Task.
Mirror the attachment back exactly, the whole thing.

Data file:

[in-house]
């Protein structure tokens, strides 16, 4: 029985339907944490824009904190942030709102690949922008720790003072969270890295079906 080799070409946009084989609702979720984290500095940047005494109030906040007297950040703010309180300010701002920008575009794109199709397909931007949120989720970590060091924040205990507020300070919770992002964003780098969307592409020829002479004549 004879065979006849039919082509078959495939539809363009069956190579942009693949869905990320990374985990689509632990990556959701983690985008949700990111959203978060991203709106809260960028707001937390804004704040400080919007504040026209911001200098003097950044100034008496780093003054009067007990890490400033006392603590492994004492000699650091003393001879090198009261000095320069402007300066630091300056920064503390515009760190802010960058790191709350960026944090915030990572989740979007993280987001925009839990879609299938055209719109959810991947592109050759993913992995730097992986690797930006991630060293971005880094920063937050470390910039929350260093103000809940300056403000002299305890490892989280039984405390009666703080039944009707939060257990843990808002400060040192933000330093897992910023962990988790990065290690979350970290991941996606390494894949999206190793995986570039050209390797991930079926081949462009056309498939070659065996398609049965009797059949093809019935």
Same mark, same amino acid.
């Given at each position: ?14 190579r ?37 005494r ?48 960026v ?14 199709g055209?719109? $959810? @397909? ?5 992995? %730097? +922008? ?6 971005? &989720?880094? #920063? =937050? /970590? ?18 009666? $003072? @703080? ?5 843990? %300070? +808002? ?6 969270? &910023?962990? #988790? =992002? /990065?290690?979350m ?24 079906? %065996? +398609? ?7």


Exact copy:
[in-house]
């Protein structure tokens, strides 16, 4: 029985339907944490824009904190942030709102690949922008720790003072969270890295079906 080799070409946009084989609702979720984290500095940047005494109030906040007297950040703010309180300010701002920008575009794109199709397909931007949120989720970590060091924040205990507020300070919770992002964003780098969307592409020829002479004549 004879065979006849039919082509078959495939539809363009069956190579942009693949869905990320990374985990689509632990990556959701983690985008949700990111959203978060991203709106809260960028707001937390804004704040400080919007504040026209911001200098003097950044100034008496780093003054009067007990890490400033006392603590492994004492000699650091003393001879090198009261000095320069402007300066630091300056920064503390515009760190802010960058790191709350960026944090915030990572989740979007993280987001925009839990879609299938055209719109959810991947592109050759993913992995730097992986690797930006991630060293971005880094920063937050470390910039929350260093103000809940300056403000002299305890490892989280039984405390009666703080039944009707939060257990843990808002400060040192933000330093897992910023962990988790990065290690979350970290991941996606390494894949999206190793995986570039050209390797991930079926081949462009056309498939070659065996398609049965009797059949093809019935």
Same mark, same amino acid.
């Given at each position: ?14 190579r ?37 005494r ?48 960026v ?14 199709g055209?719109? $959810? @397909? ?5 992995? %730097? +922008? ?6 971005? &989720?880094? #920063? =937050? /970590? ?18 009666? $003072? @703080? ?5 843990? %300070? +808002? ?6 969270? &910023?962990? #988790? =992002? /990065?290690?979350m ?24 079906? %065996? +398609? ?7």